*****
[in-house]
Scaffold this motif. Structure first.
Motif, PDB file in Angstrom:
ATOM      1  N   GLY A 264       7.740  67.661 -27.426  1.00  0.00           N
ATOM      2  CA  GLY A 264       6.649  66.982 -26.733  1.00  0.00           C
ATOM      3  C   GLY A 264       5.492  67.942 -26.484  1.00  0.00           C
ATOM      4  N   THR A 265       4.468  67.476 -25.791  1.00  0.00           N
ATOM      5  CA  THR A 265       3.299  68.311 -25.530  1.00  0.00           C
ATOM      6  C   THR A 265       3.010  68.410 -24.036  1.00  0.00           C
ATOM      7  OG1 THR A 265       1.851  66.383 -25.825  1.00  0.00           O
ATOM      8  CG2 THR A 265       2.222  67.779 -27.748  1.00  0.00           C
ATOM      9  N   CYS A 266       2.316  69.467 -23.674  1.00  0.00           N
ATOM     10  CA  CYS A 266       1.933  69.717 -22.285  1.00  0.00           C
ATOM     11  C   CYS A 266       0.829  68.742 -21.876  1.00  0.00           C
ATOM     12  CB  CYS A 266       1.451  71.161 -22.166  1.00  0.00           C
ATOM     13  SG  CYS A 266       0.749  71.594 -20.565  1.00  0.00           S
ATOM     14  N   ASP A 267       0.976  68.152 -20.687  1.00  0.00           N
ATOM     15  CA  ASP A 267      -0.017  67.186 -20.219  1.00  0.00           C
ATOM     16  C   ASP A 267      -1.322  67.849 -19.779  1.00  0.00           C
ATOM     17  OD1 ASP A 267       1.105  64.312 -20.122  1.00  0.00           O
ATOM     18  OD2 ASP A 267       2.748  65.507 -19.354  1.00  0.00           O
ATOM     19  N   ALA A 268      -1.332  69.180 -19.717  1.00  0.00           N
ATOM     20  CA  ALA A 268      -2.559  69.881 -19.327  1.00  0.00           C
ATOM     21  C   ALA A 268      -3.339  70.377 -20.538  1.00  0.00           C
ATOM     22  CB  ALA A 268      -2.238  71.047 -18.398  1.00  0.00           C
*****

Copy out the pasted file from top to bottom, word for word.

[in-house]
Scaffold this motif. Structure first.
Motif, PDB file in Angstrom:
ATOM      1  N   GLY A 264       7.740  67.661 -27.426  1.00  0.00           N
ATOM      2  CA  GLY A 264       6.649  66.982 -26.733  1.00  0.00           C
ATOM      3  C   GLY A 264       5.492  67.942 -26.484  1.00  0.00           C
ATOM      4  N   THR A 265       4.468  67.476 -25.791  1.00  0.00           N
ATOM      5  CA  THR A 265       3.299  68.311 -25.530  1.00  0.00           C
ATOM      6  C   THR A 265       3.010  68.410 -24.036  1.00  0.00           C
ATOM      7  OG1 THR A 265       1.851  66.383 -25.825  1.00  0.00           O
ATOM      8  CG2 THR A 265       2.222  67.779 -27.748  1.00  0.00           C
ATOM      9  N   CYS A 266       2.316  69.467 -23.674  1.00  0.00           N
ATOM     10  CA  CYS A 266       1.933  69.717 -22.285  1.00  0.00           C
ATOM     11  C   CYS A 266       0.829  68.742 -21.876  1.00  0.00           C
ATOM     12  CB  CYS A 266       1.451  71.161 -22.166  1.00  0.00           C
ATOM     13  SG  CYS A 266       0.749  71.594 -20.565  1.00  0.00           S
ATOM     14  N   ASP A 267       0.976  68.152 -20.687  1.00  0.00           N
ATOM     15  CA  ASP A 267      -0.017  67.186 -20.219  1.00  0.00           C
ATOM     16  C   ASP A 267      -1.322  67.849 -19.779  1.00  0.00           C
ATOM     17  OD1 ASP A 267       1.105  64.312 -20.122  1.00  0.00           O
ATOM     18  OD2 ASP A 267       2.748  65.507 -19.354  1.00  0.00           O
ATOM     19  N   ALA A 268      -1.332  69.180 -19.717  1.00  0.00           N
ATOM     20  CA  ALA A 268      -2.559  69.881 -19.327  1.00  0.00           C
ATOM     21  C   ALA A 268      -3.339  70.377 -20.538  1.00  0.00           C
ATOM     22  CB  ALA A 268      -2.238  71.047 -18.398  1.00  0.00           C